Drake attacked his ducklings!

Cazook

Songster
Nov 24, 2019
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there was some chew. Less than I expected, but not none. While the stock cooked down, the breasts were seasoned and rested in the fridge for several dies. Once the soup was otherwise ready, the breasts were diced small (not "fine", but not "hearty beef stew-sized cubes, either), added to the just simmering soup, and allowed to cook for a few hours.

Long aging helped. The fact that they didn't face boiling temps helped. The sheer amount of cream probably helps with mouthfeel as well.

Mostly, I was surprised myself. But if you take old bird and subject it to high dry heat, it squeezes moisture out you can never replace, and if it doesn't get an adequate rest, of course those proteins will never relax.

Truly though, we got lucky.

i rested mine for 2 days before roasting. he was over a year old though, and a runner duck, which i hear can get quite tough.

probably roasting first wasn't the way to go, there was almost nothing on the breast. most meat was in the legs. maybe better off getting a different breed for next time.
 

U_Stormcrow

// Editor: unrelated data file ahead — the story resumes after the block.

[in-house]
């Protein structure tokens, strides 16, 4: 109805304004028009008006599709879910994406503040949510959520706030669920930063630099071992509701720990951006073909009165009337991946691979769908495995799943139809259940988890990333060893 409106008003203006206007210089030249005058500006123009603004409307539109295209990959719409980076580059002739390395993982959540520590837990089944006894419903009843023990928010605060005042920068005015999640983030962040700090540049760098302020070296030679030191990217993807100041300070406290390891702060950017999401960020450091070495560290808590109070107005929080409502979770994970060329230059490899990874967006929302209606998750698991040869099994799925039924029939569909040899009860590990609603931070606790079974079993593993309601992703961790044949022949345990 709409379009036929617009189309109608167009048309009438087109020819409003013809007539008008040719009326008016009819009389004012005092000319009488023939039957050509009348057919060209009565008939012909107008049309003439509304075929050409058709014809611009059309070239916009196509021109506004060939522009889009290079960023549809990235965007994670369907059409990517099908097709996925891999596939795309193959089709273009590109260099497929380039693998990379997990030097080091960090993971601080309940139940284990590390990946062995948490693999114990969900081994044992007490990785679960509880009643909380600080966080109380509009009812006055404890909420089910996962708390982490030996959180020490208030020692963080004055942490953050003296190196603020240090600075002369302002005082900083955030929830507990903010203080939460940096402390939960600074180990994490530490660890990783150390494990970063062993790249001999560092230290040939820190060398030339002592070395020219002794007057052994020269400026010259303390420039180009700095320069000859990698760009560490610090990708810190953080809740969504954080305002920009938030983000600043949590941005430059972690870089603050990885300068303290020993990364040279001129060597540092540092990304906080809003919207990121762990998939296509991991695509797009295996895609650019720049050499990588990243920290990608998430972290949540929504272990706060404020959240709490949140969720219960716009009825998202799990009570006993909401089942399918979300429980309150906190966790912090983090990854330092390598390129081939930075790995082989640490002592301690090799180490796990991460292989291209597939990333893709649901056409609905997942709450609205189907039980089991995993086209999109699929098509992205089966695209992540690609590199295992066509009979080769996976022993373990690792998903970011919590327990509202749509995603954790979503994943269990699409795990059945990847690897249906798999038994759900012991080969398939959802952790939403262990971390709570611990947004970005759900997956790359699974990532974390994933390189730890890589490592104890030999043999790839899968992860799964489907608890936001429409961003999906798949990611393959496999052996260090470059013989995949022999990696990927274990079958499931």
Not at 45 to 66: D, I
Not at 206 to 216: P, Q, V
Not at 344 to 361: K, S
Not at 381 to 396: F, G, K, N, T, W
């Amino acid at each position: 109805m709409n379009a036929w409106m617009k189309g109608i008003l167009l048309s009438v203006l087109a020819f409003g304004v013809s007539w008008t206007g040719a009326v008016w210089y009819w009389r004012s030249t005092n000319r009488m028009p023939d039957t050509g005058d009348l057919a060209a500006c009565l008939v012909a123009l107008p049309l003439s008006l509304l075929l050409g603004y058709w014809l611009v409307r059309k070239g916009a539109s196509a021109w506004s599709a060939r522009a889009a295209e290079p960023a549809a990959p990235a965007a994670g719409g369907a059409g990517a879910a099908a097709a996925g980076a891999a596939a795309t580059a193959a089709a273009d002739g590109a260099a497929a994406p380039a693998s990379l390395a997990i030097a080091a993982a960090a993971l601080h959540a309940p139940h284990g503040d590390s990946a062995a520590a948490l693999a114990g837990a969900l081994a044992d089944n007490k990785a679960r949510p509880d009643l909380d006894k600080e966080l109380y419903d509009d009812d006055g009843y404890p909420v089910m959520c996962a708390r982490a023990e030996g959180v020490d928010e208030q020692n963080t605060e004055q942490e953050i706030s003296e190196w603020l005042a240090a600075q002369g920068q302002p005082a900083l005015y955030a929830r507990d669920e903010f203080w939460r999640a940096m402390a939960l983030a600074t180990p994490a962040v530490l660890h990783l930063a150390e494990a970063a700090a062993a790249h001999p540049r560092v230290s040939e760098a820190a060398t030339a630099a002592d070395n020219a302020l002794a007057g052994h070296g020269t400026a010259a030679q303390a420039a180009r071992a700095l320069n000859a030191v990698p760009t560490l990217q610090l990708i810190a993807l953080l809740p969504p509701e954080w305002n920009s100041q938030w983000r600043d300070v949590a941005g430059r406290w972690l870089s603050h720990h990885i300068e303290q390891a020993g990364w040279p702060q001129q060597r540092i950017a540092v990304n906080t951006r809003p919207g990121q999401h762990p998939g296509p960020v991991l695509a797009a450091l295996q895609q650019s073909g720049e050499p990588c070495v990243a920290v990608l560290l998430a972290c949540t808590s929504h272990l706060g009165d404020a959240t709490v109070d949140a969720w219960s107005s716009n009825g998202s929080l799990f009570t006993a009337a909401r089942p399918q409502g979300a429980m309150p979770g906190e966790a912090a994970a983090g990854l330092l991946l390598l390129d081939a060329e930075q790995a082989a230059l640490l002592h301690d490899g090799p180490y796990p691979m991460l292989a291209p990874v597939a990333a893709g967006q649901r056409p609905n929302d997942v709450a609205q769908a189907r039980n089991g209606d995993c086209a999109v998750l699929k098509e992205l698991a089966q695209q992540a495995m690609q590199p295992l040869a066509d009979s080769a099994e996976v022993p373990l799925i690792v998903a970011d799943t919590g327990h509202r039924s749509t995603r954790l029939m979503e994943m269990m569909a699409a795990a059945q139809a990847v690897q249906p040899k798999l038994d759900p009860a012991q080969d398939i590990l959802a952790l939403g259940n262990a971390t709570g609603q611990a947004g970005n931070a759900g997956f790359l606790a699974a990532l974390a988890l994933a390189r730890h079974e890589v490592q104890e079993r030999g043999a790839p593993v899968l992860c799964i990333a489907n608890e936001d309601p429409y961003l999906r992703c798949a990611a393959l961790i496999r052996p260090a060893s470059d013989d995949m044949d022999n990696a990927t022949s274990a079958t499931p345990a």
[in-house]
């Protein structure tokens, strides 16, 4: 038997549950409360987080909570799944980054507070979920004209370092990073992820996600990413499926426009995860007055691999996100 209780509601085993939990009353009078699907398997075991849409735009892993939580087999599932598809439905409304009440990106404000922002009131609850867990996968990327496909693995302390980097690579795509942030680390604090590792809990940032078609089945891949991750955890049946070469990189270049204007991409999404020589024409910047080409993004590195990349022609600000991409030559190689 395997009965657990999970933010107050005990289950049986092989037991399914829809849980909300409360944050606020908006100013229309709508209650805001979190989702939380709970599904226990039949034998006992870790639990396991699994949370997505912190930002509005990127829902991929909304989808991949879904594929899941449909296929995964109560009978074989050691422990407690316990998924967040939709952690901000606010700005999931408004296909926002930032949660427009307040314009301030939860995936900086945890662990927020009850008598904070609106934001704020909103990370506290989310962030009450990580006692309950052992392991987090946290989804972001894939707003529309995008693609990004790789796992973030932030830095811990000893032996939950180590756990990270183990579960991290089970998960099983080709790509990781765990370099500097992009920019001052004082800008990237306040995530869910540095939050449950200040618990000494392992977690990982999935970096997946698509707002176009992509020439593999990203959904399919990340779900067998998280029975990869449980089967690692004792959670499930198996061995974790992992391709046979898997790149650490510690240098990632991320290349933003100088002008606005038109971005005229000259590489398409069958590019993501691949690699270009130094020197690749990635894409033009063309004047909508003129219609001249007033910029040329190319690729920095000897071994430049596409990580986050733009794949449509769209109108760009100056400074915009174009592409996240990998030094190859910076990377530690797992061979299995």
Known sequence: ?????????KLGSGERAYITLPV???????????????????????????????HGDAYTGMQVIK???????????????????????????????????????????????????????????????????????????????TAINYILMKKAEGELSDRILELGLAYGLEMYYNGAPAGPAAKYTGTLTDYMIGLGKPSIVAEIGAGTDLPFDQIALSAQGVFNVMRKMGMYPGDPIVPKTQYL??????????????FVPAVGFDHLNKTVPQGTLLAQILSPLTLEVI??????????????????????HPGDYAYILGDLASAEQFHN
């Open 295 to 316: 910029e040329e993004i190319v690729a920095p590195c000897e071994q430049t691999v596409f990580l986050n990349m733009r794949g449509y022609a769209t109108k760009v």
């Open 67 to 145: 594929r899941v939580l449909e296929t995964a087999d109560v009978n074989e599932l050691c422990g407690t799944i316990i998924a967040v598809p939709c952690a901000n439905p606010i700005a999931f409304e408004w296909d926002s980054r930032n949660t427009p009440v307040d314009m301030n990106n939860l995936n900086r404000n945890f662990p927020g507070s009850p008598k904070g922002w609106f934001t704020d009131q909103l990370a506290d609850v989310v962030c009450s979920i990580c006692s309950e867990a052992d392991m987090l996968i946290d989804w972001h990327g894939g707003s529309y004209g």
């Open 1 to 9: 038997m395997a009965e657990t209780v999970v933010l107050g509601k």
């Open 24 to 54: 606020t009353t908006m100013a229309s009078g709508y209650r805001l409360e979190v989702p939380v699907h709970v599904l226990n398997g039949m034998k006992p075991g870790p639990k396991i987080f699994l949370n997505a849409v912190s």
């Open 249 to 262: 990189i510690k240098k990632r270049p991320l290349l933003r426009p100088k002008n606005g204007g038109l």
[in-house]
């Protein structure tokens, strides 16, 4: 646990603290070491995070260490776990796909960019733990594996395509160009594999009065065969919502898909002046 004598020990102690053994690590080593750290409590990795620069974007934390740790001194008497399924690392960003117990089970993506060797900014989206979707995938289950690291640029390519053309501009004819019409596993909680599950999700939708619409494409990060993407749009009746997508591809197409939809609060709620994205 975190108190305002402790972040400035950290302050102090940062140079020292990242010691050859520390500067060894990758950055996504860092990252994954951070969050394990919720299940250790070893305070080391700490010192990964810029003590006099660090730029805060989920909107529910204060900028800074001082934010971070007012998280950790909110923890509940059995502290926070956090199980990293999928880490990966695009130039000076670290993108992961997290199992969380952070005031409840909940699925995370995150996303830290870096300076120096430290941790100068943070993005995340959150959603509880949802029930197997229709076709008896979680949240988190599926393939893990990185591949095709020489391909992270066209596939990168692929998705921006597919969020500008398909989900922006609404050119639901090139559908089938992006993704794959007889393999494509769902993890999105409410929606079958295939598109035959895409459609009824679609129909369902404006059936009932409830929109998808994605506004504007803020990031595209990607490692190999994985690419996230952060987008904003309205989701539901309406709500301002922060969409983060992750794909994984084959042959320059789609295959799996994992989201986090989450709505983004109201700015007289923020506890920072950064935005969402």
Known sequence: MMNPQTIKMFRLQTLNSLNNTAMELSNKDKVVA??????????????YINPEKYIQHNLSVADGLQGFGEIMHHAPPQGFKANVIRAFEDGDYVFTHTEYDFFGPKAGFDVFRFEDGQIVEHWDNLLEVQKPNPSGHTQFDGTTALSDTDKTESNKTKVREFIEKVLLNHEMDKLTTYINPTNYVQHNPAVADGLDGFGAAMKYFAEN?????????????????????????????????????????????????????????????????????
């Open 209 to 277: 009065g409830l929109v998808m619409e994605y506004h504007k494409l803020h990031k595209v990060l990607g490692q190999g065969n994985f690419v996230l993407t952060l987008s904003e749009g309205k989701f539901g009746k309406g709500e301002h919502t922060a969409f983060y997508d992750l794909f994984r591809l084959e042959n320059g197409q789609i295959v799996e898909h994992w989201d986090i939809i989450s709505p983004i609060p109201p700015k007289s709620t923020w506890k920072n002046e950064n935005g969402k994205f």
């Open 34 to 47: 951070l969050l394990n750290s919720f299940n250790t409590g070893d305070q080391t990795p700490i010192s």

Free Ranging
Jun 7, 2020
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North FL Panhandle Region / Wiregrass
Roasting first (I hate hijacking the thread here, this isn't a cooking forum) is exactly backwards. Look up "reverse sear".

There's a reason that classic dishes made with subpar cuts of meat - like pork carnitas - are made by slow stewing the meat at low temp until tender, and then being taken to a hot flat top or griddle to crisp up, instead of being cooked at high dry heat, then simmered till tender. Or why the local restaurant doesn't first sear the prime rib, then cook it to juicy perfection.
 

Cazook

Songster
Nov 24, 2019
619
976
201
Roasting first (I hate hijacking the thread here, this isn't a cooking forum) is exactly backwards. Look up "reverse sear".

There's a reason that classic dishes made with subpar cuts of meat - like pork carnitas - are made by slow stewing the meat at low temp until tender, and then being taken to a hot flat top or griddle to crisp up, instead of being cooked at high dry heat, then simmered till tender. Or why the local restaurant doesn't first sear the prime rib, then cook it to juicy perfection.

thanks for the advice! but yeah probably shouldn't hijack the thread <_<
 

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